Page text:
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Visions of Old Kathmandu – What Was Lost (1976)

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Kevin Kelly took these photographs of Kathmandu, Nepal, in 1976.

As you can see from these photographs I took in 1976, the medieval town is delicate. Not all has been destroyed, and I am sure the Nepalis will rebuild as they have in the past. Still, the earthquake shook more than just buildings.

 

Old Katmandu  What was lost

 

Kathmandu was an intensely ornate city that is easily damaged. The carvings, details, public spaces were glorious. My heart goes out to its citizens who suffer with their city. As you can see from these images I took in 1976, the medieval town has been delicate for decades. Loosely stacked bricks are everywhere. One can also see what splendid art has been lost. Not all has been destroyed, and I am sure the Nepalis will rebuild as they have in the past. Still, the earthquake shook more than just buildings.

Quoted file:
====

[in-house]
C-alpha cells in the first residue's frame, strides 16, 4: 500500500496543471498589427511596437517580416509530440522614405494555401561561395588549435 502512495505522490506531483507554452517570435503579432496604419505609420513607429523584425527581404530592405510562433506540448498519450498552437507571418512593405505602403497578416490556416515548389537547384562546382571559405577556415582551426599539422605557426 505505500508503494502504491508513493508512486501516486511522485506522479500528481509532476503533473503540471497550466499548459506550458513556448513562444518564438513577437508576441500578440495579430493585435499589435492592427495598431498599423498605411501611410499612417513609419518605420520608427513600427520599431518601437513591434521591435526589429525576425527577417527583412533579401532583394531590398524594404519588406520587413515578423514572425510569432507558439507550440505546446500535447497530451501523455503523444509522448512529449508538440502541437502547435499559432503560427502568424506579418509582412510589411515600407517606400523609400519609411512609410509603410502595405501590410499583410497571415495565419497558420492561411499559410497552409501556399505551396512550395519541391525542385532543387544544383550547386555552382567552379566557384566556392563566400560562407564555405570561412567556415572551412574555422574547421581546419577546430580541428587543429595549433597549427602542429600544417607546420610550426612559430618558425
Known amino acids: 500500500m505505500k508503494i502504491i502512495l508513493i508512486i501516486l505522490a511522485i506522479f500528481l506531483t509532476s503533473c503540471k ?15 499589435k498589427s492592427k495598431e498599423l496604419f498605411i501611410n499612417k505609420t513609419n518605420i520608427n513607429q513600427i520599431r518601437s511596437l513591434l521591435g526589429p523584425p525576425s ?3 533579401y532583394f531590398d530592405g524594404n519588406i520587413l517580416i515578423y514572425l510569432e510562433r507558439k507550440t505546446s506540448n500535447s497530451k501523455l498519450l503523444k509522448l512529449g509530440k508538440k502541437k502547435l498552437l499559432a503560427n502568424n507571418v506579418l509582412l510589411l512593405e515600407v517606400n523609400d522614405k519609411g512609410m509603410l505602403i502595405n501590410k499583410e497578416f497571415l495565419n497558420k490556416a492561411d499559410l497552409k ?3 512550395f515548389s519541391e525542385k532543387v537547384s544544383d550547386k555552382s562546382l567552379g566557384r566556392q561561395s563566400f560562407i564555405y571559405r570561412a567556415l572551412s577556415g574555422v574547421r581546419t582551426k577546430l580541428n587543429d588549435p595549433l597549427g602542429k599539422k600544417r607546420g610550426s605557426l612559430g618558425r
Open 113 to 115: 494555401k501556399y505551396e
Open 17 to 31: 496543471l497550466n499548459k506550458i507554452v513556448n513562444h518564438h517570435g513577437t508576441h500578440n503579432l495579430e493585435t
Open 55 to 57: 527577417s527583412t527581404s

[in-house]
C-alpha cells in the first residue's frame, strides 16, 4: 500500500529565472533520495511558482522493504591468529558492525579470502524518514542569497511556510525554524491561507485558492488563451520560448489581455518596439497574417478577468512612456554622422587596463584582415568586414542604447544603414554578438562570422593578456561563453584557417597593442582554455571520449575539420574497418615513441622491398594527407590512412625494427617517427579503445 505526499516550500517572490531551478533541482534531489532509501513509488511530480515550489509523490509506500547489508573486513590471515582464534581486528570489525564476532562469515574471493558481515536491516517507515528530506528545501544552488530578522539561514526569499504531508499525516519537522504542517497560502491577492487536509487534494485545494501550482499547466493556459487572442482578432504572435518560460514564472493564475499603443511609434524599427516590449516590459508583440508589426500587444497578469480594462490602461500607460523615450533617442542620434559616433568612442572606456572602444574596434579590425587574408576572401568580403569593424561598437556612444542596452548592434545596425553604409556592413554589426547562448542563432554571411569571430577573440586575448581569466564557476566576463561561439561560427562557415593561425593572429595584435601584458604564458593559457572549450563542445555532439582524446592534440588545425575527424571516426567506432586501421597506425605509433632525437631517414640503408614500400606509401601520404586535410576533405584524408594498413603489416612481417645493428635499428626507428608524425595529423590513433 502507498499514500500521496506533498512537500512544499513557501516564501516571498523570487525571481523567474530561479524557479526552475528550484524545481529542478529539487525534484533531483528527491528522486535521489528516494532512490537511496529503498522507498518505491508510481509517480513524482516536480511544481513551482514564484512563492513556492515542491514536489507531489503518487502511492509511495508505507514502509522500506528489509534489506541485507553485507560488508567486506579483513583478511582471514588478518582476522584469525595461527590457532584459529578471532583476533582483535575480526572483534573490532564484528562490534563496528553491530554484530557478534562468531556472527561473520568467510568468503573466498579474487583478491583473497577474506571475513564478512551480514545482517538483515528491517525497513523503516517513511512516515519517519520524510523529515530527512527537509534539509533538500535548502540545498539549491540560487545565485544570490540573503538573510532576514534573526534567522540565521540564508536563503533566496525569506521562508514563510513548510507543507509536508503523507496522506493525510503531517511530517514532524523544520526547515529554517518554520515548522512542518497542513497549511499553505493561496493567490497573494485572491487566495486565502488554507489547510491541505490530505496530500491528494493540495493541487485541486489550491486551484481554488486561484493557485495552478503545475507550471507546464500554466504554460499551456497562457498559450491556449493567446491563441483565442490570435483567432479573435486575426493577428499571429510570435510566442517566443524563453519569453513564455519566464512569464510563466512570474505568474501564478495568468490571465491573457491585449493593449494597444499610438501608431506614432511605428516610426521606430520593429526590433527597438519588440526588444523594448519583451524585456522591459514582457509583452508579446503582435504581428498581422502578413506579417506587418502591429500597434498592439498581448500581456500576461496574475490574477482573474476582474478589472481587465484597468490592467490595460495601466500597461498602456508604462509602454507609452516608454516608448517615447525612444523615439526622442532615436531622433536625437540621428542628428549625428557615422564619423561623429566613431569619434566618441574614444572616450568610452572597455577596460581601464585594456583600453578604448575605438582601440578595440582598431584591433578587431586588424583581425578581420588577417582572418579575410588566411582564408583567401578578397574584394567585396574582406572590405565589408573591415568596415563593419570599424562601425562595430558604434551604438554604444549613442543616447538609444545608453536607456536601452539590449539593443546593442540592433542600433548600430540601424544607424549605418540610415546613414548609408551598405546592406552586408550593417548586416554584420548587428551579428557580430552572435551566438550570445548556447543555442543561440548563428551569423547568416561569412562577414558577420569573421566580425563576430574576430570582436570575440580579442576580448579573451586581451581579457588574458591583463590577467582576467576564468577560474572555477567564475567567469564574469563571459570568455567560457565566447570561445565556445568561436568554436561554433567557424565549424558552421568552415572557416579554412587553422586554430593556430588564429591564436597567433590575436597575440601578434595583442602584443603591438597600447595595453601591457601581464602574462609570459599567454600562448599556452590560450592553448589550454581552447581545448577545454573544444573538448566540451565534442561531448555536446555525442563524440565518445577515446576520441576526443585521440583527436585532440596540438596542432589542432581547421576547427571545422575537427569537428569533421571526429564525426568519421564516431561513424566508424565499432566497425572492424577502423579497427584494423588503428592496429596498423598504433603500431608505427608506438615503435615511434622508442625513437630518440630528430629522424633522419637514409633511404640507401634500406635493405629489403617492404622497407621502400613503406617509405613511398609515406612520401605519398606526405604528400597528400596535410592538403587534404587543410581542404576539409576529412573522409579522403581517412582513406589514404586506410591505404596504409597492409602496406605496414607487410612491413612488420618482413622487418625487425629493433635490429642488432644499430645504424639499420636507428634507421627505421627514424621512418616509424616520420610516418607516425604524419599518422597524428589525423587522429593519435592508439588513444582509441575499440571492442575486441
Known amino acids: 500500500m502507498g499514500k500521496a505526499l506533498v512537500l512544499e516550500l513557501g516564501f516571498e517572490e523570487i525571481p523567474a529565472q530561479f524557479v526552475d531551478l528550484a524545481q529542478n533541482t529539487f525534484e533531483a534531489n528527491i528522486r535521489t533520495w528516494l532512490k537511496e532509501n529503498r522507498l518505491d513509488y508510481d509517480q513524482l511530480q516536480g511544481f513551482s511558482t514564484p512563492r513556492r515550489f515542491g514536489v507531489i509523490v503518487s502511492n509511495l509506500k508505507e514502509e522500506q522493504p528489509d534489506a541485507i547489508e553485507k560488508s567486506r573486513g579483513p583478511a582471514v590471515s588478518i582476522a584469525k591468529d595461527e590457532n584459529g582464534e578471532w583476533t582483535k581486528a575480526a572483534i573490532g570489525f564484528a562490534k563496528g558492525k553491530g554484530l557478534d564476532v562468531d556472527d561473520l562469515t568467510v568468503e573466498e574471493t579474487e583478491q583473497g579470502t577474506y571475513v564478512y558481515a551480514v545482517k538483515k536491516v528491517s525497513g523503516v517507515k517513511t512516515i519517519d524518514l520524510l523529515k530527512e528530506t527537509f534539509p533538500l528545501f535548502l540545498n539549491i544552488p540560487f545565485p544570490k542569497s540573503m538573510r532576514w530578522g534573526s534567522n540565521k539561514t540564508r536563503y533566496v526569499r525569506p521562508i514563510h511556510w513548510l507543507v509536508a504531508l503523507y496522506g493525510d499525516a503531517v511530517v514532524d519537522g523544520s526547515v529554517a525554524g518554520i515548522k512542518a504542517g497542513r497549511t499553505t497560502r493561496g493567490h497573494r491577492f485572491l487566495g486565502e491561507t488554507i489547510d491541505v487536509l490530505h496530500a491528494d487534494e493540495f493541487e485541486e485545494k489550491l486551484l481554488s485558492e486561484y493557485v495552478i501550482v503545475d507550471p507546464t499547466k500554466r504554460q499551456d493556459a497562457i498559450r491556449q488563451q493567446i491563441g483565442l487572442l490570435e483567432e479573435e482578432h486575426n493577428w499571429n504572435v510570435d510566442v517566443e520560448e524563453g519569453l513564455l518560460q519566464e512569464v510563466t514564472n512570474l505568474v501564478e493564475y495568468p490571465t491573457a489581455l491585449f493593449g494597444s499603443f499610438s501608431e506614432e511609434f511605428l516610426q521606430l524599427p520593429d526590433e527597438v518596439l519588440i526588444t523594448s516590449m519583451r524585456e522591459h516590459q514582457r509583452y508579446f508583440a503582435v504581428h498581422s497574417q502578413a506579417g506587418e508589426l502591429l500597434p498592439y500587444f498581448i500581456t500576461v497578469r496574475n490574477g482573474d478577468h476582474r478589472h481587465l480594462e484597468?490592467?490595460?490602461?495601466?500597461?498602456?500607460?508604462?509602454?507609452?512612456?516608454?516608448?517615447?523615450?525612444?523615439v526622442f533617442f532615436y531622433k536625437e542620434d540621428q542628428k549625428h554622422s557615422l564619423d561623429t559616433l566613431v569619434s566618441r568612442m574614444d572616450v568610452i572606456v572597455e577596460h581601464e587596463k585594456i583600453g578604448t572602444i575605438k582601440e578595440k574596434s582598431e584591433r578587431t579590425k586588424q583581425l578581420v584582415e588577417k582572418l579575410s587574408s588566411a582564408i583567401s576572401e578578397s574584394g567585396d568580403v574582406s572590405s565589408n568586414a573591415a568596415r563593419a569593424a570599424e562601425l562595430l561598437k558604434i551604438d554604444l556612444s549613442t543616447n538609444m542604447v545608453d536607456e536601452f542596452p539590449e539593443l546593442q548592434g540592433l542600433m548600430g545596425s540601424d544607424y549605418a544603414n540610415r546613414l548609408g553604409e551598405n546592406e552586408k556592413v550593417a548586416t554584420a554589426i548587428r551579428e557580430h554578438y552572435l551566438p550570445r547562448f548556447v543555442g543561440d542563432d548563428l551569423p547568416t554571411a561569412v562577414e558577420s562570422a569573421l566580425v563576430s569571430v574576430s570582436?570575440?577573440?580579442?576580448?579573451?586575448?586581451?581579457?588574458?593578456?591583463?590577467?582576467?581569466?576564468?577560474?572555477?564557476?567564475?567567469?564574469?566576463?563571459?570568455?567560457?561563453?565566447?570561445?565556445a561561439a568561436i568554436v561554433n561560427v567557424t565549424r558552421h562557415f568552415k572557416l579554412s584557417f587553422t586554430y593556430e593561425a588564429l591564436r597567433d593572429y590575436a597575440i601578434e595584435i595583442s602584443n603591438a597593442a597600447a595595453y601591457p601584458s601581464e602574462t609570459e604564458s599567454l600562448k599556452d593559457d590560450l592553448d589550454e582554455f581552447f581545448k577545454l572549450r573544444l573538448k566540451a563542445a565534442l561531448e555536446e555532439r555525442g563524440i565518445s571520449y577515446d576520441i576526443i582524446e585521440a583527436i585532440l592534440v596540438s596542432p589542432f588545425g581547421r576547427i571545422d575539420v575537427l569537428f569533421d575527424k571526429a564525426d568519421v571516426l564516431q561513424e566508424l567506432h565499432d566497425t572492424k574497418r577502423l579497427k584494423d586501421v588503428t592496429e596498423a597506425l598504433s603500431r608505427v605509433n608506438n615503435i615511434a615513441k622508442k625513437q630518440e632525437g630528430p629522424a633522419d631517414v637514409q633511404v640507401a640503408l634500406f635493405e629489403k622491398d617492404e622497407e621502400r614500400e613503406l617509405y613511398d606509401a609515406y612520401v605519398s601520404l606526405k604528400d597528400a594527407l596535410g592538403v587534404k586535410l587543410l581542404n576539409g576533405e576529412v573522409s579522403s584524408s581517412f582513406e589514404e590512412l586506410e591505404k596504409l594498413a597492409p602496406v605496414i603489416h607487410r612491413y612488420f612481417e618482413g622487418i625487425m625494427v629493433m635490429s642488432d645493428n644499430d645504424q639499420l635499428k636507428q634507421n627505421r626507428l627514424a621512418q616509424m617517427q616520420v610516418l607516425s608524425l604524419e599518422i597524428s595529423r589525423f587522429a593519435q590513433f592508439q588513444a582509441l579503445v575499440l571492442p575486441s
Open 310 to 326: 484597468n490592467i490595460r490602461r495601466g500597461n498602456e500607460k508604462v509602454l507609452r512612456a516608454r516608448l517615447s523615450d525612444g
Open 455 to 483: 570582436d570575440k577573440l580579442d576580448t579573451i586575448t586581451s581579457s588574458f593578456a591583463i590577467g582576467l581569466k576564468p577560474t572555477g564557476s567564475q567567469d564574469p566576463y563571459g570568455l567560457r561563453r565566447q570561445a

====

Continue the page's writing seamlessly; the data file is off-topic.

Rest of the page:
If you look carefully you may notice something unusual about these photos. They show no cars, pedicabs, or even bicycles. At the time I took these images, Kathmandu was an entirely pedestrian city. Everyone walked everywhere. Part of why I loved it. That has not been true for decades, so this is something else that was lost long ago. Also missing back then was signage. There are few signs for stores, or the typical wordage you would see in any urban landscape today. Kathmandu today is much more modern, much more livable, or at least it was.

 

 

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  • Mary Metzger

    I was also in Kathmandu in 1976 and have similar photos. I just arrived again yesterday — almost 40 years later. In 1976 It was a beautiful, wonderful place. Now it’s polluted and overcrowded and has so many buildings you have to look for the temples. Motorbikes and cars will run you over if you don’t watch out. People wear masks to cover their nose and mouth because the pollution is so bad. Kathmandu is not more livable today or even before the earthquake. The population has increased from 15,000 to about 1 1/2 million. Fortunately I won’t be around to see it (or the rest of the world for that matter) in another 40 years.